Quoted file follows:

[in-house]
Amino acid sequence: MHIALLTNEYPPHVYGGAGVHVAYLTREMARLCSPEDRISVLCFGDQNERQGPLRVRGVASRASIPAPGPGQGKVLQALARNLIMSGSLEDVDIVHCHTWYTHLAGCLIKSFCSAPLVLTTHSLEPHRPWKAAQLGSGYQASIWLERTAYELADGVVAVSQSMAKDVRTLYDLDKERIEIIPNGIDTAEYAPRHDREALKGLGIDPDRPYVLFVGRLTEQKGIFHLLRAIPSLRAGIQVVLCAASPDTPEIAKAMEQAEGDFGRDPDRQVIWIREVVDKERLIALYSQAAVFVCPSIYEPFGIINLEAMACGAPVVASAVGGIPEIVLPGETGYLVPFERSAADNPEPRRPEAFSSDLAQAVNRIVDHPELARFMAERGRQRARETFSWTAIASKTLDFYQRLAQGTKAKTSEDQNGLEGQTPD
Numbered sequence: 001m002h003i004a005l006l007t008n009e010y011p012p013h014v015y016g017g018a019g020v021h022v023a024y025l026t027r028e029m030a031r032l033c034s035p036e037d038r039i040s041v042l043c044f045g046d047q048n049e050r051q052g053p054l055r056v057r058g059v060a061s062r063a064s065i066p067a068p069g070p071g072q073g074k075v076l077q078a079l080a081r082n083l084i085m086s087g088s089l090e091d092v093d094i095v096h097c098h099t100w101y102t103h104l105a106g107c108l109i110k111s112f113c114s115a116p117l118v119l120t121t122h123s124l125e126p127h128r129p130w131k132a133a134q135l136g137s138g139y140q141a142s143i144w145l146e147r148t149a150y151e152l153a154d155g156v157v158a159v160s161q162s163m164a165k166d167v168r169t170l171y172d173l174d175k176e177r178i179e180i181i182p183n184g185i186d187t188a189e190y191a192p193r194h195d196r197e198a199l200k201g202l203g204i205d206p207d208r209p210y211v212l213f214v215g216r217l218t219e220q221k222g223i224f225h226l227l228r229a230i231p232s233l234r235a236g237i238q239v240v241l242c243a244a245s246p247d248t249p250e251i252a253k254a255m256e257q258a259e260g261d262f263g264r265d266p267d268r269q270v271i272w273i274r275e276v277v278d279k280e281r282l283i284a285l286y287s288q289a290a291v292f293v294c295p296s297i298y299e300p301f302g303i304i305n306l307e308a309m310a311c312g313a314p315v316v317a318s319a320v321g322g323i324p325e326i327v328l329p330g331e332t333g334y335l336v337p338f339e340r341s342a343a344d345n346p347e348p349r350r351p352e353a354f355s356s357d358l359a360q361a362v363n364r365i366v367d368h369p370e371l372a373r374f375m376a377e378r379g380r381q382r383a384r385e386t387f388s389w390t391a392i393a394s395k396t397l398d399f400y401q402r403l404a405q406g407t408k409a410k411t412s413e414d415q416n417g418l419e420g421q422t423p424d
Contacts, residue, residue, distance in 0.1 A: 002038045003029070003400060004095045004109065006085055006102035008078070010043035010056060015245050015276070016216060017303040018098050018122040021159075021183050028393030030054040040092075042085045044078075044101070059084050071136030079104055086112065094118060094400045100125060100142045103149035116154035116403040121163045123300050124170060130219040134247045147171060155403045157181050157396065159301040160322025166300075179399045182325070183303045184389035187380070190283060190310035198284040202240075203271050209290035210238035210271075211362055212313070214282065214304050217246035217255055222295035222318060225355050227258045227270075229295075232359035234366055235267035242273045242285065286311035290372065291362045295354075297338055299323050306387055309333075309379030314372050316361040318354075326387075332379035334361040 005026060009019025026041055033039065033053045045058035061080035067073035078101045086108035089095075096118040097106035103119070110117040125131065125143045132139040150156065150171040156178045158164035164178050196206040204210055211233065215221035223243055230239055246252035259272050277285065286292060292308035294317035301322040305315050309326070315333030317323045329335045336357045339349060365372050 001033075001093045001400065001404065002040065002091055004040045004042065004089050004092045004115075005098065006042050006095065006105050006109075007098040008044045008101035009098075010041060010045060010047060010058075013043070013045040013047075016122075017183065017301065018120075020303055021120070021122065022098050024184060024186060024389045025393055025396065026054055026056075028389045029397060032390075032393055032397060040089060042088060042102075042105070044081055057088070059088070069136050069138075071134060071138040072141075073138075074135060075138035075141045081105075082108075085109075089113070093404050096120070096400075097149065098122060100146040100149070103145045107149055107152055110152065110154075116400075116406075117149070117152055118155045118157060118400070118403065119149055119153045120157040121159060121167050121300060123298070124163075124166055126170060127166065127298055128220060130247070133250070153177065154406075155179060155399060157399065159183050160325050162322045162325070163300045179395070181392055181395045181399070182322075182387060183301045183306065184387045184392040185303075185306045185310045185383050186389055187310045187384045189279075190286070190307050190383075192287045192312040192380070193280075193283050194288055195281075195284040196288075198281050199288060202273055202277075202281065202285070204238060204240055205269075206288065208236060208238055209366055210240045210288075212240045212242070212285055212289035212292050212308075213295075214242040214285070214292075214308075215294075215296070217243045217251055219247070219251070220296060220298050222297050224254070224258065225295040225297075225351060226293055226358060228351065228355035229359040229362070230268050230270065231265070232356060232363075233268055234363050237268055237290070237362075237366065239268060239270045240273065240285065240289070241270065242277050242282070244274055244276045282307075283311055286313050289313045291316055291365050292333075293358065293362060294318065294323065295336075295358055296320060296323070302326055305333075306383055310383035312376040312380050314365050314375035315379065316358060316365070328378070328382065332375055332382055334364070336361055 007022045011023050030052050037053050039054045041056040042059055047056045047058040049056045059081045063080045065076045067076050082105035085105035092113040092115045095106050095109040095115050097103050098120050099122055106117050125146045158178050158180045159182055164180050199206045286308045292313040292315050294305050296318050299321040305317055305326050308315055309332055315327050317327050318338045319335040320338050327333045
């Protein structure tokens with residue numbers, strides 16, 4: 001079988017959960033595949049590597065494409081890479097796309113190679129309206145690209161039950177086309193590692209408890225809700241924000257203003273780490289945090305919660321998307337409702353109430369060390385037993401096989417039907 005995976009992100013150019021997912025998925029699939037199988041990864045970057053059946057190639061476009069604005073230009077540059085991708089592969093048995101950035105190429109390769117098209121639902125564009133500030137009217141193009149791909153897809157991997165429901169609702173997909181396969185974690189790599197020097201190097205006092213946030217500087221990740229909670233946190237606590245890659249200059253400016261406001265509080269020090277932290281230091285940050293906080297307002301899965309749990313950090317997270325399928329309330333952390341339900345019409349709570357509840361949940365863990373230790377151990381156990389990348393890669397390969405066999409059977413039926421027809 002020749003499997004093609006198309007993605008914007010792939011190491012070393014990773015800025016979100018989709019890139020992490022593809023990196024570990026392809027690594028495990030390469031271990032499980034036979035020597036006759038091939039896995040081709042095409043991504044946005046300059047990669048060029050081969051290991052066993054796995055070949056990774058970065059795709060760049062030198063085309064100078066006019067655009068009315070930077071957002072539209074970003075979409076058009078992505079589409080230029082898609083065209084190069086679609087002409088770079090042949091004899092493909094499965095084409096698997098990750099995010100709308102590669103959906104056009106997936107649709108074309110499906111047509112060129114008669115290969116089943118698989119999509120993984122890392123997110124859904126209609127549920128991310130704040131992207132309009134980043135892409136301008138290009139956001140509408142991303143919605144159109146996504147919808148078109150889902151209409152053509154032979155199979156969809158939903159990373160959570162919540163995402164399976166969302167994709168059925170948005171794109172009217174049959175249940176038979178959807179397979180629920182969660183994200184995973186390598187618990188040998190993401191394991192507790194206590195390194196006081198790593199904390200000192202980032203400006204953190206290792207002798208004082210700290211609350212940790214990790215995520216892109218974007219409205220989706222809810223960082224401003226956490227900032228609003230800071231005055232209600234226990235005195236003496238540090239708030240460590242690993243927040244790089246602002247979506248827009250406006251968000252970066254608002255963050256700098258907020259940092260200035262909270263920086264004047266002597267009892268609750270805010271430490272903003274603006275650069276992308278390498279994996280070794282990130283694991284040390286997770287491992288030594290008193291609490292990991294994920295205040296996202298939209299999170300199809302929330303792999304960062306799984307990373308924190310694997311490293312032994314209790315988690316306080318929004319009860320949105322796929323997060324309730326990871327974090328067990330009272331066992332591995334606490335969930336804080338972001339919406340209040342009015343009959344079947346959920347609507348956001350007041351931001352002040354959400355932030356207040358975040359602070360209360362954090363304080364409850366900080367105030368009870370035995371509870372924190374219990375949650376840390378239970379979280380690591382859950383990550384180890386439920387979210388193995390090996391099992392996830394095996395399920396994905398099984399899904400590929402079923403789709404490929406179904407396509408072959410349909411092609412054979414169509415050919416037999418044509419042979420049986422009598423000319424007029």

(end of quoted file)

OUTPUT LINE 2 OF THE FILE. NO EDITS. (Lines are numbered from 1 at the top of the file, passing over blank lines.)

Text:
Amino acid sequence: MHIALLTNEYPPHVYGGAGVHVAYLTREMARLCSPEDRISVLCFGDQNERQGPLRVRGVASRASIPAPGPGQGKVLQALARNLIMSGSLEDVDIVHCHTWYTHLAGCLIKSFCSAPLVLTTHSLEPHRPWKAAQLGSGYQASIWLERTAYELADGVVAVSQSMAKDVRTLYDLDKERIEIIPNGIDTAEYAPRHDREALKGLGIDPDRPYVLFVGRLTEQKGIFHLLRAIPSLRAGIQVVLCAASPDTPEIAKAMEQAEGDFGRDPDRQVIWIREVVDKERLIALYSQAAVFVCPSIYEPFGIINLEAMACGAPVVASAVGGIPEIVLPGETGYLVPFERSAADNPEPRRPEAFSSDLAQAVNRIVDHPELARFMAERGRQRARETFSWTAIASKTLDFYQRLAQGTKAKTSEDQNGLEGQTPD